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Kidney Week

Abstract: PO1014

The Adaptive Response of the Vein to CKD: A Transcriptomics Perspective

Session Information

Category: Dialysis

  • 703 Dialysis: Vascular Access

Authors

  • Martinez, Laisel, University of Miami School of Medicine, Miami, Florida, United States
  • Challa, Akshara Sree, University of Miami School of Medicine, Miami, Florida, United States
  • Tabbara, Marwan, University of Miami School of Medicine, Miami, Florida, United States
  • Rojas, Miguel G., University of Miami School of Medicine, Miami, Florida, United States
  • Duque, Juan Camilo, University of Miami School of Medicine, Miami, Florida, United States
  • Salman, Loay H., Albany Medical College, Albany, New York, United States
  • Vazquez-Padron, Roberto I., University of Miami School of Medicine, Miami, Florida, United States
Background

The impact of CKD on gene expression in the vascular wall remains unknown, particularly in veins, despite their fundamental role as conduits for hemodialysis.

Methods

In this study, we investigated the CKD fingerprint on the transcriptome of basilic veins by analyzing 48 pre-access veins from end-stage renal disease patients and 20 veins from non-CKD trauma donors by bulk RNA sequencing.

Results

We uncovered 16,893 differentially expressed genes (DEG) between CKD and control individuals (log2FoldChange>1, FDR<0.05). The presence of kidney disease caused a noticeable decrease in transcriptional activity in veins, with the downregulation of >97% of DEG transcripts. These included 6,081 non-coding RNAs, 3,826 protein-coding genes, and other miscellaneous transcripts. In contrast, a unique set of 462 genes was upregulated in CKD veins vs. controls, 161 of which corresponded to non-coding RNAs, 201 to protein-coding genes, and the rest to minor RNA biotypes. Gene set enrichment analysis (GSEA) identified a suppression of pathways related to vascular maintenance, cell morphogenesis, cell metabolism, and microtubule-based cytoskeletal functions. Interestingly, the protein-coding genes upregulated in CKD veins belonged to processes related to gas transport and detoxification of oxidative stress byproducts.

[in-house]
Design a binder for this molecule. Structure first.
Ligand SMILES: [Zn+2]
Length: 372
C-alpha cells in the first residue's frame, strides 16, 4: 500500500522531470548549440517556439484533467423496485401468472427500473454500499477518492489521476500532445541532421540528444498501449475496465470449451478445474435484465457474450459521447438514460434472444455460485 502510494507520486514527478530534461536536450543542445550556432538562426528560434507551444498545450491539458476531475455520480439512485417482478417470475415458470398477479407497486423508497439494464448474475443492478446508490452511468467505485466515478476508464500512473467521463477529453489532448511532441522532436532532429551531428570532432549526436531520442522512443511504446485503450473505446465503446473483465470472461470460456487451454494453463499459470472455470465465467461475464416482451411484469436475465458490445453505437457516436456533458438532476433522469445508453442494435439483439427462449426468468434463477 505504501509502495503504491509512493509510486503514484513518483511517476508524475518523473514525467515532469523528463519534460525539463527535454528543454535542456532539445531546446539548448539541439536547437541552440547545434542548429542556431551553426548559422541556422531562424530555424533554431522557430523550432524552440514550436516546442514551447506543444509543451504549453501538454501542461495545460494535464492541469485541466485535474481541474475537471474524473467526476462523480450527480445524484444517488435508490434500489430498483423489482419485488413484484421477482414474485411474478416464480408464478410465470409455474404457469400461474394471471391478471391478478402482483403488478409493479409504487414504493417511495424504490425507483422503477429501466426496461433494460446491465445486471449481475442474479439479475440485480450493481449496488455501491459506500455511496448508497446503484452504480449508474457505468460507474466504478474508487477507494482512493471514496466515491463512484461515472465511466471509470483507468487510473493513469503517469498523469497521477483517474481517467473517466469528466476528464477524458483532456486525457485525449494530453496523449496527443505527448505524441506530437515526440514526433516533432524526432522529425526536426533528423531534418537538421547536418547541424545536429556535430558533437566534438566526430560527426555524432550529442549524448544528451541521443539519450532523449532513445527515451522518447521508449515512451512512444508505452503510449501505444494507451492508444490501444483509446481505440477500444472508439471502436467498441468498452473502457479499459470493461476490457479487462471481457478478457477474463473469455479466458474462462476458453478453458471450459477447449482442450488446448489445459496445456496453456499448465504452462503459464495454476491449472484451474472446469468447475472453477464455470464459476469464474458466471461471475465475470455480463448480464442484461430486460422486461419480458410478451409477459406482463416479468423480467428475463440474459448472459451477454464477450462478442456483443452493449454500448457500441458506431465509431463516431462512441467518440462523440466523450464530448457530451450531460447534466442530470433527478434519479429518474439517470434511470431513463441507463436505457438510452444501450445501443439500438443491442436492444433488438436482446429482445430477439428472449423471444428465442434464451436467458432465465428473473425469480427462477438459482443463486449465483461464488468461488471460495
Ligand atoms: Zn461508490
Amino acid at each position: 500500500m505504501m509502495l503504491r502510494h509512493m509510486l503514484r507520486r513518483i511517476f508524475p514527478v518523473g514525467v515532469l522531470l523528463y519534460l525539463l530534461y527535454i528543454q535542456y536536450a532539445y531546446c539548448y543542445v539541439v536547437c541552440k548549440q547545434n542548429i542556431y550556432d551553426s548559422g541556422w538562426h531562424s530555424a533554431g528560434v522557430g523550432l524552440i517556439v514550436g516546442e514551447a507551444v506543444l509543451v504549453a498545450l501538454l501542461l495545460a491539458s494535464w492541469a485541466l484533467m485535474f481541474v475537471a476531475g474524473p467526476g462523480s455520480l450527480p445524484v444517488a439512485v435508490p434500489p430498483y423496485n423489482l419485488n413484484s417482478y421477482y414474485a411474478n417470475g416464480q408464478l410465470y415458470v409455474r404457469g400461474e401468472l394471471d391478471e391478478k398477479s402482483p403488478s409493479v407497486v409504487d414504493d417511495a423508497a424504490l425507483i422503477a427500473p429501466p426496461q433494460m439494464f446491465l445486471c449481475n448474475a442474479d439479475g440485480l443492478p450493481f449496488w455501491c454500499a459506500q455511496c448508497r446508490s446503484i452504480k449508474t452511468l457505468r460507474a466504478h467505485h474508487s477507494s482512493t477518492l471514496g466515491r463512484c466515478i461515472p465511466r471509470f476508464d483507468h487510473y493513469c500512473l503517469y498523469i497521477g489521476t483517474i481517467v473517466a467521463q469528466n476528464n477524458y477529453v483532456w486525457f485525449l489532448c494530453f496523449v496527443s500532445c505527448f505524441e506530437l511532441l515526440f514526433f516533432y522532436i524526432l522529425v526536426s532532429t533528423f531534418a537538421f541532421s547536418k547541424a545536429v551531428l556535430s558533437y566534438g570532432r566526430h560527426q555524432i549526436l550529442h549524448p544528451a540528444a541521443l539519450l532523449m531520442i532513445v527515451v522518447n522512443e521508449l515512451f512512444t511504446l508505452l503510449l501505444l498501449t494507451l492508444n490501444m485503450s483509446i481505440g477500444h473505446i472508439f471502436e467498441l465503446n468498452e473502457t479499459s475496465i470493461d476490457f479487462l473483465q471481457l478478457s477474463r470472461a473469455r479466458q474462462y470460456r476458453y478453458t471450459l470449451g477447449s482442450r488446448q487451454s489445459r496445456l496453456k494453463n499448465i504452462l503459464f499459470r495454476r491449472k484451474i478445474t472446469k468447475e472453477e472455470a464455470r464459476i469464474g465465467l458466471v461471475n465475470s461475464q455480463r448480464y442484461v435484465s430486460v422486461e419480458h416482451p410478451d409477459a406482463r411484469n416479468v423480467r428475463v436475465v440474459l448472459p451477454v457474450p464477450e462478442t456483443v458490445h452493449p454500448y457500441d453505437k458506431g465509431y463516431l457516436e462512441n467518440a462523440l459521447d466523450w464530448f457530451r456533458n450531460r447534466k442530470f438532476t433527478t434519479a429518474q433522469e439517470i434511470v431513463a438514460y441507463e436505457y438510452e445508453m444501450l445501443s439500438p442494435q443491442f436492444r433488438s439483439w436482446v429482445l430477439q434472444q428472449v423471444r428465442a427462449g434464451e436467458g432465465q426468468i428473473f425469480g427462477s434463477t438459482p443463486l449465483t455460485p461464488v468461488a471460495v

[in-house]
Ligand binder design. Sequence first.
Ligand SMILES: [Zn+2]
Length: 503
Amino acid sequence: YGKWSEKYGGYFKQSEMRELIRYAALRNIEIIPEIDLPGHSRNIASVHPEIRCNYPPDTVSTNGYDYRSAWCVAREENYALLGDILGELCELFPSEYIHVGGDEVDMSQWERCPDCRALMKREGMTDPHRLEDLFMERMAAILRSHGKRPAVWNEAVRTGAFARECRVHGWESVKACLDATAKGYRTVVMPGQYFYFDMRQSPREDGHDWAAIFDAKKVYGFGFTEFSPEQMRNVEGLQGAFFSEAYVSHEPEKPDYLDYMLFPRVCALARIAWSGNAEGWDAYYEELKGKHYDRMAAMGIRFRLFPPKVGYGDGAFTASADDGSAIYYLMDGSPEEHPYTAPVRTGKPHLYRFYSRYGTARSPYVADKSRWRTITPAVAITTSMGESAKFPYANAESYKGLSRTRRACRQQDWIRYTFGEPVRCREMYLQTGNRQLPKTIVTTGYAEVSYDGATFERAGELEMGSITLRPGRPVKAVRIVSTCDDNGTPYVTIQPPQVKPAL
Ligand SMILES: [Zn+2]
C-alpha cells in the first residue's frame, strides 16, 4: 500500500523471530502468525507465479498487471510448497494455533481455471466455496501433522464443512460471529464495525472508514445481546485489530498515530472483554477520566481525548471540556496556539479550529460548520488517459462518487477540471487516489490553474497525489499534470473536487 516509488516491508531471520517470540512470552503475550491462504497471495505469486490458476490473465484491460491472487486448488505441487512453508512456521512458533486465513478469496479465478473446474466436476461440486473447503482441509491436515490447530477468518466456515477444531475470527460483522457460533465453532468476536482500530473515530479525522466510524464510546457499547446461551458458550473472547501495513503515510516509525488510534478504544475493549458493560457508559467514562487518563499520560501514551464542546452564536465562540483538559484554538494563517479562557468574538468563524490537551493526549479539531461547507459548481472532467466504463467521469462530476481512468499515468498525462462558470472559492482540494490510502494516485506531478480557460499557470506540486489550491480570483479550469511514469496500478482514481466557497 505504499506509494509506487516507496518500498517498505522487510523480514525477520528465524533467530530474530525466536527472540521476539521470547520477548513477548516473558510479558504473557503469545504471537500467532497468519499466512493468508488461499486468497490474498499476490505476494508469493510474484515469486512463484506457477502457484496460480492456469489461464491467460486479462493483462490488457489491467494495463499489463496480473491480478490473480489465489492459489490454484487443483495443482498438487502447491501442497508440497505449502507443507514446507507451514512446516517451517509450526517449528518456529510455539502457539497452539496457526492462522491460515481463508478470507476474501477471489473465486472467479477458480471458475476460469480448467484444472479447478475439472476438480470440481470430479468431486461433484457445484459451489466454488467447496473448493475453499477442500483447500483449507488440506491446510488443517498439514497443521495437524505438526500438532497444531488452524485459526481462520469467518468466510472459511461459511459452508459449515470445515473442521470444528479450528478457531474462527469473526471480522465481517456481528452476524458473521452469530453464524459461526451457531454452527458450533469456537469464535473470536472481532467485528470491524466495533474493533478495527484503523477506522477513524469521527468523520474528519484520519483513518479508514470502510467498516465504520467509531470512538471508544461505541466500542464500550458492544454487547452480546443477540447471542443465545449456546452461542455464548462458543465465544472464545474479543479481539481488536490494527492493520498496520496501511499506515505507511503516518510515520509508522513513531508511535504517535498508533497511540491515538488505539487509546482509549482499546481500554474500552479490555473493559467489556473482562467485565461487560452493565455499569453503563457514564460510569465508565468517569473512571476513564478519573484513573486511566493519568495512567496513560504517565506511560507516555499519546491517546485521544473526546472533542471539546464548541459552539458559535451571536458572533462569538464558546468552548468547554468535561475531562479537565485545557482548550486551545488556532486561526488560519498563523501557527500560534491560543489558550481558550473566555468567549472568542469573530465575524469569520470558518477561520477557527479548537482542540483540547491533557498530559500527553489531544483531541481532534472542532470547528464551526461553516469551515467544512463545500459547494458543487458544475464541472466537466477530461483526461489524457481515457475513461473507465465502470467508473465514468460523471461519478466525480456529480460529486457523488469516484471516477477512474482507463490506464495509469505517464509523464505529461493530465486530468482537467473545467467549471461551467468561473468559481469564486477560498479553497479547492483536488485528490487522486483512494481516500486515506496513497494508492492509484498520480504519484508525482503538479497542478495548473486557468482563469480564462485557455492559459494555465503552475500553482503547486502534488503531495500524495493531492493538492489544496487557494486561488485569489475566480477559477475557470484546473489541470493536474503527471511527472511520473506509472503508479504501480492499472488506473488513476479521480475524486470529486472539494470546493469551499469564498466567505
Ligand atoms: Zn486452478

Conclusion

In conclusion, we have uncovered a profound suppressive effect of CKD on the venous transcriptome, likely affecting basic cell functions such as metabolism, cell division, and migration. We also identified a transcriptomic signature of upregulated genes in response to oxidative stress which may play a fundamental role in cell survival in the CKD environment.

Funding

  • NIDDK Support